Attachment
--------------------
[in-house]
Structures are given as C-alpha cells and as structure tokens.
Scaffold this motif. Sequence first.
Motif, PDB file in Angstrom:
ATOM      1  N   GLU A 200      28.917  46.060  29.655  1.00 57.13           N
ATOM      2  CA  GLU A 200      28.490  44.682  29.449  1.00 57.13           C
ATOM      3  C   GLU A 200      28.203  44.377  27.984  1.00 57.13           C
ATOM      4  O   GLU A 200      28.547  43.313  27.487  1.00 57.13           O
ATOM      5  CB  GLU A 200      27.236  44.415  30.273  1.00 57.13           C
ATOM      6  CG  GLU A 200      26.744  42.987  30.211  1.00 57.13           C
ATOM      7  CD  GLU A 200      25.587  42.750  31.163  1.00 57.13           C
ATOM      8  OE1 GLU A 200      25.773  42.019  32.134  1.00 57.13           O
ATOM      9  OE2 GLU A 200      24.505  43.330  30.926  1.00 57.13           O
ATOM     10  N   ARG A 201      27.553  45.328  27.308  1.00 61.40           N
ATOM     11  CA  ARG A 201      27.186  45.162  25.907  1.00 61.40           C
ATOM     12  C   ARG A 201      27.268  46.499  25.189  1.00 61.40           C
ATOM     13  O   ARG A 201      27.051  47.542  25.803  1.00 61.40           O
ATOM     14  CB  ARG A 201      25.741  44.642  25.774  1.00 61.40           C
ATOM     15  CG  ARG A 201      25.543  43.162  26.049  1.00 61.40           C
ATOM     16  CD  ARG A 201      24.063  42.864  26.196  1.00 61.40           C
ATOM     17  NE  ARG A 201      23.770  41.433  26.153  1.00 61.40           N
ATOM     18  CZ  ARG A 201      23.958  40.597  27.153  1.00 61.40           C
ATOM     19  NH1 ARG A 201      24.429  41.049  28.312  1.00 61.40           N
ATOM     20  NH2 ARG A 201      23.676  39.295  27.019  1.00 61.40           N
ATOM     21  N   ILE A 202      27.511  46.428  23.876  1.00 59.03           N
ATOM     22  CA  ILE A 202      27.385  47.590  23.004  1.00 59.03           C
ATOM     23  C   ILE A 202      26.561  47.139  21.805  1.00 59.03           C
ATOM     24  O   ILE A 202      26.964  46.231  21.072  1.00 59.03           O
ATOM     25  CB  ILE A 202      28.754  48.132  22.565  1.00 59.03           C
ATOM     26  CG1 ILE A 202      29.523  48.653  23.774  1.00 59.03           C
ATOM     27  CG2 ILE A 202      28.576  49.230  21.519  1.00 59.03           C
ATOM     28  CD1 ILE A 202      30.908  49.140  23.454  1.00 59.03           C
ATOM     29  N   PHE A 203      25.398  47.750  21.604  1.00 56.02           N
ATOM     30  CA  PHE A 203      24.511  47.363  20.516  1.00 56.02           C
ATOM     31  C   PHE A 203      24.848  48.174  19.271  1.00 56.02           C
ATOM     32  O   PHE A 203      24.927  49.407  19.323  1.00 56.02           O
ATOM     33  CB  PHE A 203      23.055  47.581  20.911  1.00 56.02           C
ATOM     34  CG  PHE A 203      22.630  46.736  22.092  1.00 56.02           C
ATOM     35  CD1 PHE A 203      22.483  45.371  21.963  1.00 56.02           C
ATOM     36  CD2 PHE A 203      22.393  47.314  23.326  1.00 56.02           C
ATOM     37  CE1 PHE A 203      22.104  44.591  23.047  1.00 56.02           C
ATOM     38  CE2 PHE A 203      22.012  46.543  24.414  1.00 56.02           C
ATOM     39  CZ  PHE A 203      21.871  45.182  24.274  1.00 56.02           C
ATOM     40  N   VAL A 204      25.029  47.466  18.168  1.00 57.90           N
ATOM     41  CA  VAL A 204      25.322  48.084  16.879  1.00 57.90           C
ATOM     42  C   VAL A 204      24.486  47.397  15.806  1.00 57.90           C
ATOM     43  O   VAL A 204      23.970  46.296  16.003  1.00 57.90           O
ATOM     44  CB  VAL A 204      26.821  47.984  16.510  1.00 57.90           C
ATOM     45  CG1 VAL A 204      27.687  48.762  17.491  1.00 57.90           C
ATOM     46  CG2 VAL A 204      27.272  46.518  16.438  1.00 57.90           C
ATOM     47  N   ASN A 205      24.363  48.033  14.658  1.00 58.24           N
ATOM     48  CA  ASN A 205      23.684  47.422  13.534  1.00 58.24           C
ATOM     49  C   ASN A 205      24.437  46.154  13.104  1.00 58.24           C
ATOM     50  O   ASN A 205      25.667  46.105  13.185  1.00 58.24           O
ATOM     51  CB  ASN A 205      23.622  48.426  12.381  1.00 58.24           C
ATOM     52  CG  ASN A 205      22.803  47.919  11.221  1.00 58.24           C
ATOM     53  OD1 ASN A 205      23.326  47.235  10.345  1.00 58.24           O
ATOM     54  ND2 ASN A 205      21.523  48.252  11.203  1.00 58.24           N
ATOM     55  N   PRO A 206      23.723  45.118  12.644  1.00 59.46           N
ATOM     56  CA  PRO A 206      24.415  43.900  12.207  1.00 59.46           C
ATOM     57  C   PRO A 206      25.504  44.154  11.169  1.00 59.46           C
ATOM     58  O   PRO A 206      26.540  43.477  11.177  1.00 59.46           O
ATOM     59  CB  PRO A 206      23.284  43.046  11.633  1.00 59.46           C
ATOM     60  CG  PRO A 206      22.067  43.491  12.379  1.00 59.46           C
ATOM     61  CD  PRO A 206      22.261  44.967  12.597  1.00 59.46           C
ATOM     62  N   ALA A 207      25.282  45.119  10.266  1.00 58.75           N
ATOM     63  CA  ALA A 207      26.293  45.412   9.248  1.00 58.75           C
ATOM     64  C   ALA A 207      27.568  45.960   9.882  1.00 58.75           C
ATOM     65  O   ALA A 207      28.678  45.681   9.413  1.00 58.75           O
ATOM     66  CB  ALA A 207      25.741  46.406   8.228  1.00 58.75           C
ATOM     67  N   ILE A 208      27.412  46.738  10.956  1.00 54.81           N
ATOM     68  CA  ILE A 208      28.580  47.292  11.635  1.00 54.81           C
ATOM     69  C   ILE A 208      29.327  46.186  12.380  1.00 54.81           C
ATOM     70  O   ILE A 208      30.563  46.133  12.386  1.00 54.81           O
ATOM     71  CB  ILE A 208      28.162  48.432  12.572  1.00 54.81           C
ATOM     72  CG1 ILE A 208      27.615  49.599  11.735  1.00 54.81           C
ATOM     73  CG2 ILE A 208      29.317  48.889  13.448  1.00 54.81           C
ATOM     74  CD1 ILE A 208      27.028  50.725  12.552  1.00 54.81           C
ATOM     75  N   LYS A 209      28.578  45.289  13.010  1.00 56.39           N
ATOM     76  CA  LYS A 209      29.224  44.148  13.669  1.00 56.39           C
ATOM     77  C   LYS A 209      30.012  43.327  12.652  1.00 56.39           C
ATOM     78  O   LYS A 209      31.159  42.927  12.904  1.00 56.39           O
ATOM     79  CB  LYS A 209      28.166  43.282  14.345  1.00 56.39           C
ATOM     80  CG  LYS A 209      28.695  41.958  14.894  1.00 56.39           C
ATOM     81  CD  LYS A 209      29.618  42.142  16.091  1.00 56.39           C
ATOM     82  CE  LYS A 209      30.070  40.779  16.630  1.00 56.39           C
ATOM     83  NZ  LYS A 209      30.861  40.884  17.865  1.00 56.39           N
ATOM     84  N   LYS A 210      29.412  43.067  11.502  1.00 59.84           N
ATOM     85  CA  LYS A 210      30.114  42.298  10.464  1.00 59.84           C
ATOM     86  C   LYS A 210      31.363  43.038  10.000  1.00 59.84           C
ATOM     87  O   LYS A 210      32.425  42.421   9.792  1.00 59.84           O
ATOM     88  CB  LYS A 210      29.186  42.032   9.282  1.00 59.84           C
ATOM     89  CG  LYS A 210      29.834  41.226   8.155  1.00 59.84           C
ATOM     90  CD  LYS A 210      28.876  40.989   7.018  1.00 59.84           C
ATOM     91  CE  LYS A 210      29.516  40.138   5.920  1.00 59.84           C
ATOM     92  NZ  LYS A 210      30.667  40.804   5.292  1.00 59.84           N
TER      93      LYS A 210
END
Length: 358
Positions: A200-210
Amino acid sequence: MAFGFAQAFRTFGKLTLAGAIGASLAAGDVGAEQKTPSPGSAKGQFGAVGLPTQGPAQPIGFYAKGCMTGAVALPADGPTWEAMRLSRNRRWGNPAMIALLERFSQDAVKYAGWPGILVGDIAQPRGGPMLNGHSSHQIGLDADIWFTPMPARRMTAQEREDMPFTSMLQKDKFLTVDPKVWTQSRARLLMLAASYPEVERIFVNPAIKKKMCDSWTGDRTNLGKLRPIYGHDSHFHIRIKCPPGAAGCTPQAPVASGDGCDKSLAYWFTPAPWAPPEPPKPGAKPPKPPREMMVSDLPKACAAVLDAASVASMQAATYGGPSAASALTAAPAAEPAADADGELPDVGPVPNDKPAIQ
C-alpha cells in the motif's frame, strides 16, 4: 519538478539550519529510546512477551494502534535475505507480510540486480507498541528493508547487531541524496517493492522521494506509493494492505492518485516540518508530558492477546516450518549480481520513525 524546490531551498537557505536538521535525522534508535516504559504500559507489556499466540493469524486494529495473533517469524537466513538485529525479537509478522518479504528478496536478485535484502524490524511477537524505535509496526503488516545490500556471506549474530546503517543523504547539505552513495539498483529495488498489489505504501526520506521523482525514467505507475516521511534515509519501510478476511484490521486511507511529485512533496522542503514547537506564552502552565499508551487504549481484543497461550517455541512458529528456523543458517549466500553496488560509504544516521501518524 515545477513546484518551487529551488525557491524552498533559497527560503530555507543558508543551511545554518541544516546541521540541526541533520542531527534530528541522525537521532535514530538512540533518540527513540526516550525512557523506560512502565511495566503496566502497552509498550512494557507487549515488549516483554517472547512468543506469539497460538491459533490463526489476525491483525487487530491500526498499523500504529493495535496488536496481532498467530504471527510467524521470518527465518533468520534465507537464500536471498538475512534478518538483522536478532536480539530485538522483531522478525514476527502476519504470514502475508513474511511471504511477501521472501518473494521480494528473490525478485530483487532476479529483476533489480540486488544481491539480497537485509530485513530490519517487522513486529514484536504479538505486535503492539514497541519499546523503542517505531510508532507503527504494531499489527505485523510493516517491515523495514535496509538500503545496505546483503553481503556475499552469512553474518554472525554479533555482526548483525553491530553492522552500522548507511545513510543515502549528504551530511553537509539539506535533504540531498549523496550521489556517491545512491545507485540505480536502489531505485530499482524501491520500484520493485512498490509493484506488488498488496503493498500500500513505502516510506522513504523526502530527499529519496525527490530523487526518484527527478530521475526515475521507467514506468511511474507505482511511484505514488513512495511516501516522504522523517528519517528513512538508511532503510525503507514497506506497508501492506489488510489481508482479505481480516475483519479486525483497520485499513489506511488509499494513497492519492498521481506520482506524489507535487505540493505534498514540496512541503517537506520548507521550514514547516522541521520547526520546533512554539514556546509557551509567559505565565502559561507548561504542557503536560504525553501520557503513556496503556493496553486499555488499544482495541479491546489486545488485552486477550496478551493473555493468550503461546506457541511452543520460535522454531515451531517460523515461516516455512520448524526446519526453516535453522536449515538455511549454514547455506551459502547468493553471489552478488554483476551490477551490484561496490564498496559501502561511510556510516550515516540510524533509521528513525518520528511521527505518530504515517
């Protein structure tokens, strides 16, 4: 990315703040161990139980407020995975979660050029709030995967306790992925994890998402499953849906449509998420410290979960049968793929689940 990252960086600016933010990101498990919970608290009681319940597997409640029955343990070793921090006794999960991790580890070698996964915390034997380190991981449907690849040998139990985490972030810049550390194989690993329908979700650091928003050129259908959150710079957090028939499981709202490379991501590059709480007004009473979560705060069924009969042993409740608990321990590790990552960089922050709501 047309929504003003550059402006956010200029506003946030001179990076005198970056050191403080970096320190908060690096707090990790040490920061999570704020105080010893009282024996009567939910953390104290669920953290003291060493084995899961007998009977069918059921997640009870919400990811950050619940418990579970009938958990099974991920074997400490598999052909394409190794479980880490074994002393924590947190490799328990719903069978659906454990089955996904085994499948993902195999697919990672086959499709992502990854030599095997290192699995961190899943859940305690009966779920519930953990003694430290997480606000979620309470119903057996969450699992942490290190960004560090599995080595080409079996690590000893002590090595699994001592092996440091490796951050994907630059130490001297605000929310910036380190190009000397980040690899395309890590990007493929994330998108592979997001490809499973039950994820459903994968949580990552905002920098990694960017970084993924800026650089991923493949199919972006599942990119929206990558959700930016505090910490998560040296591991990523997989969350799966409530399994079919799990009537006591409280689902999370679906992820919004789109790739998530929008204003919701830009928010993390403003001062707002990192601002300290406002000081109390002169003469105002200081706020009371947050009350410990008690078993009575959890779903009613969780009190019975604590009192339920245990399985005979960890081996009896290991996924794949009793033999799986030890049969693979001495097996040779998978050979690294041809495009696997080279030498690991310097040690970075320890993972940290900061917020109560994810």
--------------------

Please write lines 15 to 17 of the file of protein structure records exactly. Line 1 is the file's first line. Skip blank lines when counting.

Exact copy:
ATOM     11  CA  ARG A 201      27.186  45.162  25.907  1.00 61.40           C
ATOM     12  C   ARG A 201      27.268  46.499  25.189  1.00 61.40           C
ATOM     13  O   ARG A 201      27.051  47.542  25.803  1.00 61.40           O